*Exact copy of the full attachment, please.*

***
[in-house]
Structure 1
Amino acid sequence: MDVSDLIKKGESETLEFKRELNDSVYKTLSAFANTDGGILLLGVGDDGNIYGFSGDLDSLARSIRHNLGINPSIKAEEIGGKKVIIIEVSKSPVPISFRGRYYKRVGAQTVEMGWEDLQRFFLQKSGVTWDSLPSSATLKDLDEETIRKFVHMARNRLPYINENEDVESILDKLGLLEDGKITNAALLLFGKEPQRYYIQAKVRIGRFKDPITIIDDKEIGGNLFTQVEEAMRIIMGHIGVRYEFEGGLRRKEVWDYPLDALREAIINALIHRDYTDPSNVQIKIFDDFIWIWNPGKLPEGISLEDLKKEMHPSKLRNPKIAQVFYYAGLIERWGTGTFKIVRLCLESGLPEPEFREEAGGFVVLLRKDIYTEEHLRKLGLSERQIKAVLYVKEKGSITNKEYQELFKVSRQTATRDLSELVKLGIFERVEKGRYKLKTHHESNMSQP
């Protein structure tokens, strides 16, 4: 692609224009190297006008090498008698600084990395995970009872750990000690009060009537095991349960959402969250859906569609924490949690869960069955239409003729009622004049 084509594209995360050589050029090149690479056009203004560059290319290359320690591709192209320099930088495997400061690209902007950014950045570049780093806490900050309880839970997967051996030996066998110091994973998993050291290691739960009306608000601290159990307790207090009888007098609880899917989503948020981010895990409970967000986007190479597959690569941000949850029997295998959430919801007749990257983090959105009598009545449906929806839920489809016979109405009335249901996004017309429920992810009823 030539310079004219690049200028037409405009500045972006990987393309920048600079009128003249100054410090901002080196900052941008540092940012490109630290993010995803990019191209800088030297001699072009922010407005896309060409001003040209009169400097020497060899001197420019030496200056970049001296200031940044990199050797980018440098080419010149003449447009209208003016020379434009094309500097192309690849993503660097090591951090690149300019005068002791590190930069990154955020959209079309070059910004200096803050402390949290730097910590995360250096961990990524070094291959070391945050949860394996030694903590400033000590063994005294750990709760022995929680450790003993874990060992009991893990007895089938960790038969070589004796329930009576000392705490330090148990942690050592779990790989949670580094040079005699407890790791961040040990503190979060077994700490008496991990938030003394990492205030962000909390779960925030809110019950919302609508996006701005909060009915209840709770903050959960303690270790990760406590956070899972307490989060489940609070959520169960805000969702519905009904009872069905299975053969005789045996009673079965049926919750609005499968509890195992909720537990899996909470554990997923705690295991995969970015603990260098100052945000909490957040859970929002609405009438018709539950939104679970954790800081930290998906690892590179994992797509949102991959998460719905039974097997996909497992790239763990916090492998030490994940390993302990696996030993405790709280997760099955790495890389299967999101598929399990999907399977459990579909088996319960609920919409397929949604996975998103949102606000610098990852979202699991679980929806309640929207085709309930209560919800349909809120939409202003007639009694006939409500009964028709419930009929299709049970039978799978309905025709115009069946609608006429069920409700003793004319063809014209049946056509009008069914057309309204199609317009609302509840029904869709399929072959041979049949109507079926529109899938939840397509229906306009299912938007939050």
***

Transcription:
[in-house]
Structure 1
Amino acid sequence: MDVSDLIKKGESETLEFKRELNDSVYKTLSAFANTDGGILLLGVGDDGNIYGFSGDLDSLARSIRHNLGINPSIKAEEIGGKKVIIIEVSKSPVPISFRGRYYKRVGAQTVEMGWEDLQRFFLQKSGVTWDSLPSSATLKDLDEETIRKFVHMARNRLPYINENEDVESILDKLGLLEDGKITNAALLLFGKEPQRYYIQAKVRIGRFKDPITIIDDKEIGGNLFTQVEEAMRIIMGHIGVRYEFEGGLRRKEVWDYPLDALREAIINALIHRDYTDPSNVQIKIFDDFIWIWNPGKLPEGISLEDLKKEMHPSKLRNPKIAQVFYYAGLIERWGTGTFKIVRLCLESGLPEPEFREEAGGFVVLLRKDIYTEEHLRKLGLSERQIKAVLYVKEKGSITNKEYQELFKVSRQTATRDLSELVKLGIFERVEKGRYKLKTHHESNMSQP
């Protein structure tokens, strides 16, 4: 692609224009190297006008090498008698600084990395995970009872750990000690009060009537095991349960959402969250859906569609924490949690869960069955239409003729009622004049 084509594209995360050589050029090149690479056009203004560059290319290359320690591709192209320099930088495997400061690209902007950014950045570049780093806490900050309880839970997967051996030996066998110091994973998993050291290691739960009306608000601290159990307790207090009888007098609880899917989503948020981010895990409970967000986007190479597959690569941000949850029997295998959430919801007749990257983090959105009598009545449906929806839920489809016979109405009335249901996004017309429920992810009823 030539310079004219690049200028037409405009500045972006990987393309920048600079009128003249100054410090901002080196900052941008540092940012490109630290993010995803990019191209800088030297001699072009922010407005896309060409001003040209009169400097020497060899001197420019030496200056970049001296200031940044990199050797980018440098080419010149003449447009209208003016020379434009094309500097192309690849993503660097090591951090690149300019005068002791590190930069990154955020959209079309070059910004200096803050402390949290730097910590995360250096961990990524070094291959070391945050949860394996030694903590400033000590063994005294750990709760022995929680450790003993874990060992009991893990007895089938960790038969070589004796329930009576000392705490330090148990942690050592779990790989949670580094040079005699407890790791961040040990503190979060077994700490008496991990938030003394990492205030962000909390779960925030809110019950919302609508996006701005909060009915209840709770903050959960303690270790990760406590956070899972307490989060489940609070959520169960805000969702519905009904009872069905299975053969005789045996009673079965049926919750609005499968509890195992909720537990899996909470554990997923705690295991995969970015603990260098100052945000909490957040859970929002609405009438018709539950939104679970954790800081930290998906690892590179994992797509949102991959998460719905039974097997996909497992790239763990916090492998030490994940390993302990696996030993405790709280997760099955790495890389299967999101598929399990999907399977459990579909088996319960609920919409397929949604996975998103949102606000610098990852979202699991679980929806309640929207085709309930209560919800349909809120939409202003007639009694006939409500009964028709419930009929299709049970039978799978309905025709115009069946609608006429069920409700003793004319063809014209049946056509009008069914057309309204199609317009609302509840029904869709399929072959041979049949109507079926529109899938939840397509229906306009299912938007939050």